The Night I Was Born
From John Manly's Memoirs
I was born on December the 10. 1928 to a Mrs Doris Elizabeth Manly at around 20.00 hrs on a very cold winters night. The snow lay 6 inches deep and an icy wind howled round the little wooden bungalow that my Dad had hastily converted from a carpenters workshop, it measured 14 feet by 35 feet and consisted kitchen one double bedroom and living room which had the only open fireplace. Paraffin oil lamps were used for lighting. Gas pipes were laid down the grass roads in 1936 and electricity in 1947. Main water arrived at the same time as concrete road about 1957-8 so life was rather primitive in my young days.
On this particular night an old man called Whithead had stopped off at the Haystack pub to quench his thirst, he was a small but wiry caricature with a long white beard and a foul temper if roused. He lived in an old gypsy caravan on waste land not far from our house and earned a living buying and selling anything and everything.
By the time old Whitehead had satisfied his thirst he could hardly stand, he would climb up on to his cart, which on this night was loaded with potatoes, and go to sleep, relying on the old horse to find his way home, two and a half miles in the dark. However, owing to a six inch blanket of snow the horse miss judged the bridge crossing over a wide deep ditch so the cart potatoes and Whitehead went into the icy water!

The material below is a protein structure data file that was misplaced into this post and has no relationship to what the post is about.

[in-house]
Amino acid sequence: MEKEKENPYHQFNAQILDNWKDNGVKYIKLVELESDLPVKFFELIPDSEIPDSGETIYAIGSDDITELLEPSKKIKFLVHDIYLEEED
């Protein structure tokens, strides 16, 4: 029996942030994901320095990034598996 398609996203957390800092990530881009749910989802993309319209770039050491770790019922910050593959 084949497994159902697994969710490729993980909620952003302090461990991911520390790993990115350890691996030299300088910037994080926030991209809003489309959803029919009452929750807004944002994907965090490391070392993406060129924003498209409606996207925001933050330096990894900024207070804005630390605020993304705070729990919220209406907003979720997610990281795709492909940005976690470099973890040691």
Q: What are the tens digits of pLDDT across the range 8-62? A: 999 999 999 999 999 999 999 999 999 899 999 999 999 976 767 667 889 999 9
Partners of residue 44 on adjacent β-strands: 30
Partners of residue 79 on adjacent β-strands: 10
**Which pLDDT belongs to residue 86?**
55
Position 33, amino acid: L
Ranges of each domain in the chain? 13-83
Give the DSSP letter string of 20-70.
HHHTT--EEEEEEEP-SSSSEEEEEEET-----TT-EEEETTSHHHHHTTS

The midwife who was desperately trying to find the Manly’s residence and had become hopelessly lost in this white wilderness, had heard the commotion ( mostly the old mans cussing) naturally thought that this person might be able to help. She struggled through the snow in the direction from which the noise was coming. On reaching the bridge she shone her touch into the ditch and illuminated this most pitiful scene. You can imagine the string of verbal abuse she received from this bad tempered old man who was standing up to his waist in icy water with a ton of potatoes floating around him! When she did eventually arrive at her destination she could hardly relate her story for laughing! This probably helped Mother through the very painful ordeal of giving birth to me. She had a very good sense of humour and I’m sure that she would have had a good laugh on hearing the midwife’s account of her first meeting with our old neighbour!
This exceptionally cold winter of 1928 was to continue well into the new year, Mother would often tell me how she had to break the ice on the rain water tank with a sledge hammer before she could get water for drinking, and washing.
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